Cathedrals ere vast. They are big by our standards today, but in Medieval England they ere bigger than all buildings including royal palaces. Their sheer si7e meant that people ould see them from miles around, and remind them of the huge po er of the Catholic Church in Medieval England.

This entrance to Amiens (athedral in )rance shows *ust how vast cathedrals were$ The doors alone are over +# &eet tall, while the 'porch' which surrounds it ma'es this doorwa! nearl! ,# &eet tall- taller than man! houses now . To or& on the building of a cathedral as a great honour. Those ho did the s&illed or& had to belong to a guild. They ould have used 8ust the most basic of tools and less than strong scaffolding to do the ceilings. "o ever, if you ere &illed in an accident hile or&ing in a cathedral or a church, you ere guaranteed a place in "eaven - or so the or&ers ere told.

Medieval (hurches and Monasteries Apart from the manor, the church ere usually the manor villages. as the main focus of community life. Church parishes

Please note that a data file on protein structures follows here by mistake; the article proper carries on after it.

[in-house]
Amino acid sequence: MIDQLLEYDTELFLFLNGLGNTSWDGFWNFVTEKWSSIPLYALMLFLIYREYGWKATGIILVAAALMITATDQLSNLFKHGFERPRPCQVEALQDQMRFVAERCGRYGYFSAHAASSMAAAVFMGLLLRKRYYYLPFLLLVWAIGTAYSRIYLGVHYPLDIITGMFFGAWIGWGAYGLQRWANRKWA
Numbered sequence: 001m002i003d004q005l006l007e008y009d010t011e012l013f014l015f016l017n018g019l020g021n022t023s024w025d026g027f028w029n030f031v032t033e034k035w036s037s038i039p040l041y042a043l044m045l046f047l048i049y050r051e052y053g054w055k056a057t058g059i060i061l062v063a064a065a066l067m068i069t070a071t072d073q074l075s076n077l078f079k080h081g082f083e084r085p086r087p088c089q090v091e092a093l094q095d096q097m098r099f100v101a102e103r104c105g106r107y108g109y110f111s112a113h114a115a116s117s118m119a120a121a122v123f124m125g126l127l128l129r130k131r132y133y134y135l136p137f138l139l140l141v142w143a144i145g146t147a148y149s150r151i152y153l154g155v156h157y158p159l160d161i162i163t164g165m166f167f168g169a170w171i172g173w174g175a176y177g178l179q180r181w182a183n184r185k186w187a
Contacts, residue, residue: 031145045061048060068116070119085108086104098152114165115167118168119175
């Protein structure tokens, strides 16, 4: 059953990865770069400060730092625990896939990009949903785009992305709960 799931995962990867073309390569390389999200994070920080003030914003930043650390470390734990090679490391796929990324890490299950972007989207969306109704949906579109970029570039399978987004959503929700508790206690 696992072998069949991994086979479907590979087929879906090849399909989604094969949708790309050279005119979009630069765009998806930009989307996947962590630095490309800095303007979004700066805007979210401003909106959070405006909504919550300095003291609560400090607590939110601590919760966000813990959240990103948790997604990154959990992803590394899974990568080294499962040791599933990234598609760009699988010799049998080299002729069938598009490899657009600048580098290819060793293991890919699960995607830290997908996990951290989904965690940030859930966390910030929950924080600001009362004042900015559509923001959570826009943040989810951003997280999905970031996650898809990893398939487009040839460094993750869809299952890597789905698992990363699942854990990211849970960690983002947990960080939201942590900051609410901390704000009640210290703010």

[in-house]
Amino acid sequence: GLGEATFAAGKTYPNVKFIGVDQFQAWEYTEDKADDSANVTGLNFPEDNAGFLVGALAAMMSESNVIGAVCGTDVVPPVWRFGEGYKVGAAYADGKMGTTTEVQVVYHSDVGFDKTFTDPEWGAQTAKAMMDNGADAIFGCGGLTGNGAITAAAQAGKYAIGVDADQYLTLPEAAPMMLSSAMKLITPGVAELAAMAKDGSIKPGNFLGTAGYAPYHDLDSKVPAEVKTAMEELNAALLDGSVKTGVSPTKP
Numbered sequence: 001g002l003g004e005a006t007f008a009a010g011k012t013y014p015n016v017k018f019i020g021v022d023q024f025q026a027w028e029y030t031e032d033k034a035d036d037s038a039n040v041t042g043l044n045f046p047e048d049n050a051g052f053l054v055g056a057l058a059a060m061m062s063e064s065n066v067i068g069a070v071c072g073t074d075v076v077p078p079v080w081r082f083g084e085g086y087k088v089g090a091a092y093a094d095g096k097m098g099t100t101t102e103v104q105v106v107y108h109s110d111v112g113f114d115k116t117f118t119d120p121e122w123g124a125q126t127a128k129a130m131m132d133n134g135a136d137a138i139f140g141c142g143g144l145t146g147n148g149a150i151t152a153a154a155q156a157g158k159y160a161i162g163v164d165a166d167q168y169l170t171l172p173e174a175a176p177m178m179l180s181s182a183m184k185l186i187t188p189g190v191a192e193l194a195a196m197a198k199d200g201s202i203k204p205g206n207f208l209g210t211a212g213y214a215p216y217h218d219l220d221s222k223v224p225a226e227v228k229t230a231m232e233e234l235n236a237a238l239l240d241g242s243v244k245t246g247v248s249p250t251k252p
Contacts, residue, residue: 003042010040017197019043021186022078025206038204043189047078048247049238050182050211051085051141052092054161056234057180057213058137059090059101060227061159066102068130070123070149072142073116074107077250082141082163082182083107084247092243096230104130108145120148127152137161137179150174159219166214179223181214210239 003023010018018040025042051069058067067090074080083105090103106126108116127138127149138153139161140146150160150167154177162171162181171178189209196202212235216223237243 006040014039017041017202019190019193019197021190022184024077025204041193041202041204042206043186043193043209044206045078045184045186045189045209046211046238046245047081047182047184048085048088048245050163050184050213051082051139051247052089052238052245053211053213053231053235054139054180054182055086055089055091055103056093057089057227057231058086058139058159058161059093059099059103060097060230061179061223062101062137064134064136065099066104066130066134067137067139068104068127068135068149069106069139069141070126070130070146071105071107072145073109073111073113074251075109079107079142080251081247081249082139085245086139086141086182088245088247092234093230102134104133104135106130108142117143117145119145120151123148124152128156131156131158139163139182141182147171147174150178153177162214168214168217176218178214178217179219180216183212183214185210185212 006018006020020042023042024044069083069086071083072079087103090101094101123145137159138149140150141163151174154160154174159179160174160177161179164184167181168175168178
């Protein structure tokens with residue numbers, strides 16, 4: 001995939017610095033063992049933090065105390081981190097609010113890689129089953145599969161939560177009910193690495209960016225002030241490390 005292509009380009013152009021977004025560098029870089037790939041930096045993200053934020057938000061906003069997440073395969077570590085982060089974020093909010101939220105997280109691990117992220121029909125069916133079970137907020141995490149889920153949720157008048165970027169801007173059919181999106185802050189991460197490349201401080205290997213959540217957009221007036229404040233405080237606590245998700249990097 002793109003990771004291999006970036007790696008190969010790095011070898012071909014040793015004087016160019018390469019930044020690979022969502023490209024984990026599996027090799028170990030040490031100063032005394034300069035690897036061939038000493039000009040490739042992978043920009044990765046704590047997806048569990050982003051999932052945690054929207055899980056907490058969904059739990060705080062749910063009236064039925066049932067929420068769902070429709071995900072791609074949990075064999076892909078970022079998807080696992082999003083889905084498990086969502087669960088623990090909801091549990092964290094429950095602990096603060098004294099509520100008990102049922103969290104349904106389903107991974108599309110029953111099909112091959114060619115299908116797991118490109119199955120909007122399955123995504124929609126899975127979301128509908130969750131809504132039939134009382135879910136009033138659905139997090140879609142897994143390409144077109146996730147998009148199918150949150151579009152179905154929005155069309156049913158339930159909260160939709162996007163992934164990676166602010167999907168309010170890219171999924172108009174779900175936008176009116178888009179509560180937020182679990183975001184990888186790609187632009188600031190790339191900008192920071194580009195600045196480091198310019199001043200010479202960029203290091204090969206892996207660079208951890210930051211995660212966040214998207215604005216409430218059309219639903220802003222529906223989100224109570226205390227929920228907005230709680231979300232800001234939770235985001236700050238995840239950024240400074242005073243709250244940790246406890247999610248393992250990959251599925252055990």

The parish priest as appointed by the lord of the manor and as given a house. "e as obliged to carry money for alms ith him, &eep up the church, and provide hospitality to travellers. Priestl! .uties$ The priest as usually a commoner by birth, though serfs ere tied to the land and ere not allo ed to become priests. The priest officiated at church services, eddings, baptisms, funerals, and visited the ill. "e earned his living from the income for parish lands, fees for services, and tithe money. Tithing$ Tithing as a system hereby each person as e#pected to give (9() of their earnings to support the church. The tithe income as divided up evenly bet een the parish priest, the church maintenance fund, the poor, and the bishop.